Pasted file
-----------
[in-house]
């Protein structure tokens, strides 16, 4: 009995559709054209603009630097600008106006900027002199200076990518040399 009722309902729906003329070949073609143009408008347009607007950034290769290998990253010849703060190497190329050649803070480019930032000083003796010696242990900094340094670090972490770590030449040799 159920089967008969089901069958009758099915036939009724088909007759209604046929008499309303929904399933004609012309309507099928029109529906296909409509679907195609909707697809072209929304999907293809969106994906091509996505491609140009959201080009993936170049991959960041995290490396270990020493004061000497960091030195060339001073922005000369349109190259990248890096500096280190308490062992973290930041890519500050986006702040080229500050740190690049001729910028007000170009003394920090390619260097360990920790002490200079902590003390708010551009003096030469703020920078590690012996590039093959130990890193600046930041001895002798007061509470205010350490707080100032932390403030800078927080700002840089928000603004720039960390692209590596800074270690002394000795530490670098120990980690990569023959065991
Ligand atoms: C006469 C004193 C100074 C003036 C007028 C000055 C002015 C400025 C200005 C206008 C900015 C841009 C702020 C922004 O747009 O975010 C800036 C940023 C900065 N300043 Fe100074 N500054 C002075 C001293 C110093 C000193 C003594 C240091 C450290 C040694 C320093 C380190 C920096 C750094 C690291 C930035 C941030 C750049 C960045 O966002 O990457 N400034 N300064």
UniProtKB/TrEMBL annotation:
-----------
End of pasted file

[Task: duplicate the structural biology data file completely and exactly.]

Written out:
[in-house]
């Protein structure tokens, strides 16, 4: 009995559709054209603009630097600008106006900027002199200076990518040399 009722309902729906003329070949073609143009408008347009607007950034290769290998990253010849703060190497190329050649803070480019930032000083003796010696242990900094340094670090972490770590030449040799 159920089967008969089901069958009758099915036939009724088909007759209604046929008499309303929904399933004609012309309507099928029109529906296909409509679907195609909707697809072209929304999907293809969106994906091509996505491609140009959201080009993936170049991959960041995290490396270990020493004061000497960091030195060339001073922005000369349109190259990248890096500096280190308490062992973290930041890519500050986006702040080229500050740190690049001729910028007000170009003394920090390619260097360990920790002490200079902590003390708010551009003096030469703020920078590690012996590039093959130990890193600046930041001895002798007061509470205010350490707080100032932390403030800078927080700002840089928000603004720039960390692209590596800074270690002394000795530490670098120990980690990569023959065991
Ligand atoms: C006469 C004193 C100074 C003036 C007028 C000055 C002015 C400025 C200005 C206008 C900015 C841009 C702020 C922004 O747009 O975010 C800036 C940023 C900065 N300043 Fe100074 N500054 C002075 C001293 C110093 C000193 C003594 C240091 C450290 C040694 C320093 C380190 C920096 C750094 C690291 C930035 C941030 C750049 C960045 O966002 O990457 N400034 N300064």
UniProtKB/TrEMBL annotation: